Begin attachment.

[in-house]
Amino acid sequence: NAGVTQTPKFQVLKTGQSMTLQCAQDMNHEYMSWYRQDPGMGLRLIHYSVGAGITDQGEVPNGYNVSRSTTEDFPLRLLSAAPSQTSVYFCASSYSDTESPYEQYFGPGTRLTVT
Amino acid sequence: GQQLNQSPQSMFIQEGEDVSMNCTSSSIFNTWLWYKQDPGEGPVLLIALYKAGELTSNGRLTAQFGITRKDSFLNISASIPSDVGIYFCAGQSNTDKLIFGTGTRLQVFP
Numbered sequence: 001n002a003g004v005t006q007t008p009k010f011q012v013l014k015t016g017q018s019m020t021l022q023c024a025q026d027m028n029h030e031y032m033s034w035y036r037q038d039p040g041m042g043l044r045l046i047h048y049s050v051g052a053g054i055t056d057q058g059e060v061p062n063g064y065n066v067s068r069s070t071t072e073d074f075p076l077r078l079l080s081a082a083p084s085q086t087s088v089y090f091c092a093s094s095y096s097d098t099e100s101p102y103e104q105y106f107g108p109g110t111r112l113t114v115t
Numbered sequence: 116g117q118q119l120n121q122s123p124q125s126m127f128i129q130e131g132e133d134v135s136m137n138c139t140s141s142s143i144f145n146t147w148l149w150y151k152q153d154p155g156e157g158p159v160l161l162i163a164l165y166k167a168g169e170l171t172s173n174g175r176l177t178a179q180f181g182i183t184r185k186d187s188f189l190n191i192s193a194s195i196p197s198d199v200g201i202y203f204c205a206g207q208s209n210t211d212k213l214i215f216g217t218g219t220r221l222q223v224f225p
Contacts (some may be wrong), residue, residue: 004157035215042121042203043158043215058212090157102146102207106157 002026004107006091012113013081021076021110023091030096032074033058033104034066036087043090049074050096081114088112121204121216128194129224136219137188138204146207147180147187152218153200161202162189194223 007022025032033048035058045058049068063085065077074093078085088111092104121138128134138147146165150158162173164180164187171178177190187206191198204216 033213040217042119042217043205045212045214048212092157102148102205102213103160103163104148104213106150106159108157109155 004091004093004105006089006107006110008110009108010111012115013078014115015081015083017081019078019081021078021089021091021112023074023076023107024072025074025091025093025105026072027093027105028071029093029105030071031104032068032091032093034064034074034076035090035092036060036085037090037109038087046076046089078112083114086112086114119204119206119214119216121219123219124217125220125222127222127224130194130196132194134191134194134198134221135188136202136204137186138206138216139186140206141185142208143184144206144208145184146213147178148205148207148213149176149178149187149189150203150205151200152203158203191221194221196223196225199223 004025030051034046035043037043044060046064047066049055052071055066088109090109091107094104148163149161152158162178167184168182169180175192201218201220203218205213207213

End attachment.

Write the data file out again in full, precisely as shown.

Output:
[in-house]
Amino acid sequence: NAGVTQTPKFQVLKTGQSMTLQCAQDMNHEYMSWYRQDPGMGLRLIHYSVGAGITDQGEVPNGYNVSRSTTEDFPLRLLSAAPSQTSVYFCASSYSDTESPYEQYFGPGTRLTVT
Amino acid sequence: GQQLNQSPQSMFIQEGEDVSMNCTSSSIFNTWLWYKQDPGEGPVLLIALYKAGELTSNGRLTAQFGITRKDSFLNISASIPSDVGIYFCAGQSNTDKLIFGTGTRLQVFP
Numbered sequence: 001n002a003g004v005t006q007t008p009k010f011q012v013l014k015t016g017q018s019m020t021l022q023c024a025q026d027m028n029h030e031y032m033s034w035y036r037q038d039p040g041m042g043l044r045l046i047h048y049s050v051g052a053g054i055t056d057q058g059e060v061p062n063g064y065n066v067s068r069s070t071t072e073d074f075p076l077r078l079l080s081a082a083p084s085q086t087s088v089y090f091c092a093s094s095y096s097d098t099e100s101p102y103e104q105y106f107g108p109g110t111r112l113t114v115t
Numbered sequence: 116g117q118q119l120n121q122s123p124q125s126m127f128i129q130e131g132e133d134v135s136m137n138c139t140s141s142s143i144f145n146t147w148l149w150y151k152q153d154p155g156e157g158p159v160l161l162i163a164l165y166k167a168g169e170l171t172s173n174g175r176l177t178a179q180f181g182i183t184r185k186d187s188f189l190n191i192s193a194s195i196p197s198d199v200g201i202y203f204c205a206g207q208s209n210t211d212k213l214i215f216g217t218g219t220r221l222q223v224f225p
Contacts (some may be wrong), residue, residue: 004157035215042121042203043158043215058212090157102146102207106157 002026004107006091012113013081021076021110023091030096032074033058033104034066036087043090049074050096081114088112121204121216128194129224136219137188138204146207147180147187152218153200161202162189194223 007022025032033048035058045058049068063085065077074093078085088111092104121138128134138147146165150158162173164180164187171178177190187206191198204216 033213040217042119042217043205045212045214048212092157102148102205102213103160103163104148104213106150106159108157109155 004091004093004105006089006107006110008110009108010111012115013078014115015081015083017081019078019081021078021089021091021112023074023076023107024072025074025091025093025105026072027093027105028071029093029105030071031104032068032091032093034064034074034076035090035092036060036085037090037109038087046076046089078112083114086112086114119204119206119214119216121219123219124217125220125222127222127224130194130196132194134191134194134198134221135188136202136204137186138206138216139186140206141185142208143184144206144208145184146213147178148205148207148213149176149178149187149189150203150205151200152203158203191221194221196223196225199223 004025030051034046035043037043044060046064047066049055052071055066088109090109091107094104148163149161152158162178167184168182169180175192201218201220203218205213207213